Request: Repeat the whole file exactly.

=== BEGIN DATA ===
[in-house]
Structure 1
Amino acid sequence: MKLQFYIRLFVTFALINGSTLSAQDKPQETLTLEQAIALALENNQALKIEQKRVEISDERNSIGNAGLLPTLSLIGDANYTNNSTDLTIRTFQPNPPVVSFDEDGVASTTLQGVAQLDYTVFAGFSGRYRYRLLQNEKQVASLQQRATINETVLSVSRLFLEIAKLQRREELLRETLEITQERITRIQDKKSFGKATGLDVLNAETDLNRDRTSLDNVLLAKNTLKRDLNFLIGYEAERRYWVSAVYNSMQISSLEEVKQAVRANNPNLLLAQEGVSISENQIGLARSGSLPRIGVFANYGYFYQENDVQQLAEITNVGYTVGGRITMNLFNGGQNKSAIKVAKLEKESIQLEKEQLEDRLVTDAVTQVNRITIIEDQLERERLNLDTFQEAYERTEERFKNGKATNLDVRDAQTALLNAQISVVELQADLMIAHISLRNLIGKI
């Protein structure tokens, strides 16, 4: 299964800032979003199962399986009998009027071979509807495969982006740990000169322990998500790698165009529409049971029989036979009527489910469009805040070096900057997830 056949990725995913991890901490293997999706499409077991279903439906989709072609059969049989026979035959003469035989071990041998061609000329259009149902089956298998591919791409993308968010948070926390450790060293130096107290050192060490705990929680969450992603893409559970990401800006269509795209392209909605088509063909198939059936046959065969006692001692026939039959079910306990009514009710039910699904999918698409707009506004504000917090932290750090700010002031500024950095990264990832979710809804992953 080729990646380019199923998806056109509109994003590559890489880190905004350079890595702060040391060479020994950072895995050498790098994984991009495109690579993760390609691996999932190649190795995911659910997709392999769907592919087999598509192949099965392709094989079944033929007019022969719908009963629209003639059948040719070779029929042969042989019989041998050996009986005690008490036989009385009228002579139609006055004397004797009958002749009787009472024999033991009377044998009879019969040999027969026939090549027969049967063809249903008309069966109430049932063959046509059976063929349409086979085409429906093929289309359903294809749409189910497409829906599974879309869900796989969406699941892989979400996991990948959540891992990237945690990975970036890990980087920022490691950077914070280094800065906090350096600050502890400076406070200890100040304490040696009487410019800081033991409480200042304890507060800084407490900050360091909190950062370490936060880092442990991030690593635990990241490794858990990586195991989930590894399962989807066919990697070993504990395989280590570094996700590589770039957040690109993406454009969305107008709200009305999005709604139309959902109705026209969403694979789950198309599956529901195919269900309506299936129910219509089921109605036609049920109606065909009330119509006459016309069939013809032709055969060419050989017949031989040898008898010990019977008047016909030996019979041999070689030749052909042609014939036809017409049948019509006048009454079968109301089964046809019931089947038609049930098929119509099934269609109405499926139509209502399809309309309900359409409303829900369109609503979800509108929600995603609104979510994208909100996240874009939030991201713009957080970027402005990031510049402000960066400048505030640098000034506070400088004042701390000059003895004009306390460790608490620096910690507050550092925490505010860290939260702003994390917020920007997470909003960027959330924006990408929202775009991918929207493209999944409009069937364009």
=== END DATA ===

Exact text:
[in-house]
Structure 1
Amino acid sequence: MKLQFYIRLFVTFALINGSTLSAQDKPQETLTLEQAIALALENNQALKIEQKRVEISDERNSIGNAGLLPTLSLIGDANYTNNSTDLTIRTFQPNPPVVSFDEDGVASTTLQGVAQLDYTVFAGFSGRYRYRLLQNEKQVASLQQRATINETVLSVSRLFLEIAKLQRREELLRETLEITQERITRIQDKKSFGKATGLDVLNAETDLNRDRTSLDNVLLAKNTLKRDLNFLIGYEAERRYWVSAVYNSMQISSLEEVKQAVRANNPNLLLAQEGVSISENQIGLARSGSLPRIGVFANYGYFYQENDVQQLAEITNVGYTVGGRITMNLFNGGQNKSAIKVAKLEKESIQLEKEQLEDRLVTDAVTQVNRITIIEDQLERERLNLDTFQEAYERTEERFKNGKATNLDVRDAQTALLNAQISVVELQADLMIAHISLRNLIGKI
């Protein structure tokens, strides 16, 4: 299964800032979003199962399986009998009027071979509807495969982006740990000169322990998500790698165009529409049971029989036979009527489910469009805040070096900057997830 056949990725995913991890901490293997999706499409077991279903439906989709072609059969049989026979035959003469035989071990041998061609000329259009149902089956298998591919791409993308968010948070926390450790060293130096107290050192060490705990929680969450992603893409559970990401800006269509795209392209909605088509063909198939059936046959065969006692001692026939039959079910306990009514009710039910699904999918698409707009506004504000917090932290750090700010002031500024950095990264990832979710809804992953 080729990646380019199923998806056109509109994003590559890489880190905004350079890595702060040391060479020994950072895995050498790098994984991009495109690579993760390609691996999932190649190795995911659910997709392999769907592919087999598509192949099965392709094989079944033929007019022969719908009963629209003639059948040719070779029929042969042989019989041998050996009986005690008490036989009385009228002579139609006055004397004797009958002749009787009472024999033991009377044998009879019969040999027969026939090549027969049967063809249903008309069966109430049932063959046509059976063929349409086979085409429906093929289309359903294809749409189910497409829906599974879309869900796989969406699941892989979400996991990948959540891992990237945690990975970036890990980087920022490691950077914070280094800065906090350096600050502890400076406070200890100040304490040696009487410019800081033991409480200042304890507060800084407490900050360091909190950062370490936060880092442990991030690593635990990241490794858990990586195991989930590894399962989807066919990697070993504990395989280590570094996700590589770039957040690109993406454009969305107008709200009305999005709604139309959902109705026209969403694979789950198309599956529901195919269900309506299936129910219509089921109605036609049920109606065909009330119509006459016309069939013809032709055969060419050989017949031989040898008898010990019977008047016909030996019979041999070689030749052909042609014939036809017409049948019509006048009454079968109301089964046809019931089947038609049930098929119509099934269609109405499926139509209502399809309309309900359409409303829900369109609503979800509108929600995603609104979510994208909100996240874009939030991201713009957080970027402005990031510049402000960066400048505030640098000034506070400088004042701390000059003895004009306390460790608490620096910690507050550092925490505010860290939260702003994390917020920007997470909003960027959330924006990408929202775009991918929207493209999944409009069937364009």